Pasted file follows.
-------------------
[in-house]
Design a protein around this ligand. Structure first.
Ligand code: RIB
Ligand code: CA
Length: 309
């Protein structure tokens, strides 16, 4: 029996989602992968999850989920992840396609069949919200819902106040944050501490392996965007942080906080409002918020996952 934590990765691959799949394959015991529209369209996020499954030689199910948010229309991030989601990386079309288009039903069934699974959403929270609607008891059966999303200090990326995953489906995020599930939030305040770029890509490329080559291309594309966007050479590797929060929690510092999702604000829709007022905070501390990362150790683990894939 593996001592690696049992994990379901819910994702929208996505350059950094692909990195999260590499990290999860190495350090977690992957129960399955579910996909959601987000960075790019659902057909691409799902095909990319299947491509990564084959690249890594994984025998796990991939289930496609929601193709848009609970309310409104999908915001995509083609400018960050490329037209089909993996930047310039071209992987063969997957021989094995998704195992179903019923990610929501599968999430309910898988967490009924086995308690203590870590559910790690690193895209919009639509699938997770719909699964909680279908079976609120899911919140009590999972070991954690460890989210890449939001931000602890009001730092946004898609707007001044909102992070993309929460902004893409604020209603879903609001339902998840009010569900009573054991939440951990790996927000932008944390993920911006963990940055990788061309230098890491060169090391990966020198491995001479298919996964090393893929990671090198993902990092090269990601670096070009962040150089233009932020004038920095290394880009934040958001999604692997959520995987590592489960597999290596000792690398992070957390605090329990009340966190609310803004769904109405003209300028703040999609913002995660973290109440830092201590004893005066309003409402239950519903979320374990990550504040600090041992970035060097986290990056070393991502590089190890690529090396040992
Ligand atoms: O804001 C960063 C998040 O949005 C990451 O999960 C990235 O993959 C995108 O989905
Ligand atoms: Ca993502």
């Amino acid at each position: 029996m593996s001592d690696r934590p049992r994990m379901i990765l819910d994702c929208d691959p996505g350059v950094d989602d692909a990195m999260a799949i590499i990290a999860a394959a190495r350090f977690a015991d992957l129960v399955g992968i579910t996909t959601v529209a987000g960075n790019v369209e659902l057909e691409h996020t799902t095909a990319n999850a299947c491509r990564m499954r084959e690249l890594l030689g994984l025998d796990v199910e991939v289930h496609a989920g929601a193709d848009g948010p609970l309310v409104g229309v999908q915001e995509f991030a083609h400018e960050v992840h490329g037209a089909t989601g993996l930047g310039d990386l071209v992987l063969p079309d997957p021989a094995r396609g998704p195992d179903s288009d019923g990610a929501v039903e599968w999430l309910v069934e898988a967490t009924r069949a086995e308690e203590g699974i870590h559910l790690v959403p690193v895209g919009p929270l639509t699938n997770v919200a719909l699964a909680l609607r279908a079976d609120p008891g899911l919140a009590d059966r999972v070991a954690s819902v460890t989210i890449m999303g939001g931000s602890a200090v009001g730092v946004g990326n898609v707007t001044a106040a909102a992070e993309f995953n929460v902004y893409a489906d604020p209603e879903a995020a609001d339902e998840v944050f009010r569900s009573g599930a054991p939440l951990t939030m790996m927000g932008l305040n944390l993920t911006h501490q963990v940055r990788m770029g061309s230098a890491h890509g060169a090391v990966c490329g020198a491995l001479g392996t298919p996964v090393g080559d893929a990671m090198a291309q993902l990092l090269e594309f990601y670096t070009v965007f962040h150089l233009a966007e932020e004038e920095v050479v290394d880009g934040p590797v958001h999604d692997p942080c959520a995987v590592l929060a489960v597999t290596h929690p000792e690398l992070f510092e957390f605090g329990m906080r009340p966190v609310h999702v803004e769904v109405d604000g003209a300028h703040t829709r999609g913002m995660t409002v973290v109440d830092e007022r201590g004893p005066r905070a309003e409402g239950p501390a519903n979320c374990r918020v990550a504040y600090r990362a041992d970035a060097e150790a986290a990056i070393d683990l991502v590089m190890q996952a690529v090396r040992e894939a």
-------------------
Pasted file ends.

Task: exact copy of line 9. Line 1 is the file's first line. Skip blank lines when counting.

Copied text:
């Amino acid at each position: 029996m593996s001592d690696r934590p049992r994990m379901i990765l819910d994702c929208d691959p996505g350059v950094d989602d692909a990195m999260a799949i590499i990290a999860a394959a190495r350090f977690a015991d992957l129960v399955g992968i579910t996909t959601v529209a987000g960075n790019v369209e659902l057909e691409h996020t799902t095909a990319n999850a299947c491509r990564m499954r084959e690249l890594l030689g994984l025998d796990v199910e991939v289930h496609a989920g929601a193709d848009g948010p609970l309310v409104g229309v999908q915001e995509f991030a083609h400018e960050v992840h490329g037209a089909t989601g993996l930047g310039d990386l071209v992987l063969p079309d997957p021989a094995r396609g998704p195992d179903s288009d019923g990610a929501v039903e599968w999430l309910v069934e898988a967490t009924r069949a086995e308690e203590g699974i870590h559910l790690v959403p690193v895209g919009p929270l639509t699938n997770v919200a719909l699964a909680l609607r279908a079976d609120p008891g899911l919140a009590d059966r999972v070991a954690s819902v460890t989210i890449m999303g939001g931000s602890a200090v009001g730092v946004g990326n898609v707007t001044a106040a909102a992070e993309f995953n929460v902004y893409a489906d604020p209603e879903a995020a609001d339902e998840v944050f009010r569900s009573g599930a054991p939440l951990t939030m790996m927000g932008l305040n944390l993920t911006h501490q963990v940055r990788m770029g061309s230098a890491h890509g060169a090391v990966c490329g020198a491995l001479g392996t298919p996964v090393g080559d893929a990671m090198a291309q993902l990092l090269e594309f990601y670096t070009v965007f962040h150089l233009a966007e932020e004038e920095v050479v290394d880009g934040p590797v958001h999604d692997p942080c959520a995987v590592l929060a489960v597999t290596h929690p000792e690398l992070f510092e957390f605090g329990m906080r009340p966190v609310h999702v803004e769904v109405d604000g003209a300028h703040t829709r999609g913002m995660t409002v973290v109440d830092e007022r201590g004893p005066r905070a309003e409402g239950p501390a519903n979320c374990r918020v990550a504040y600090r990362a041992d970035a060097e150790a986290a990056i070393d683990l991502v590089m190890q996952a690529v090396r040992e894939a």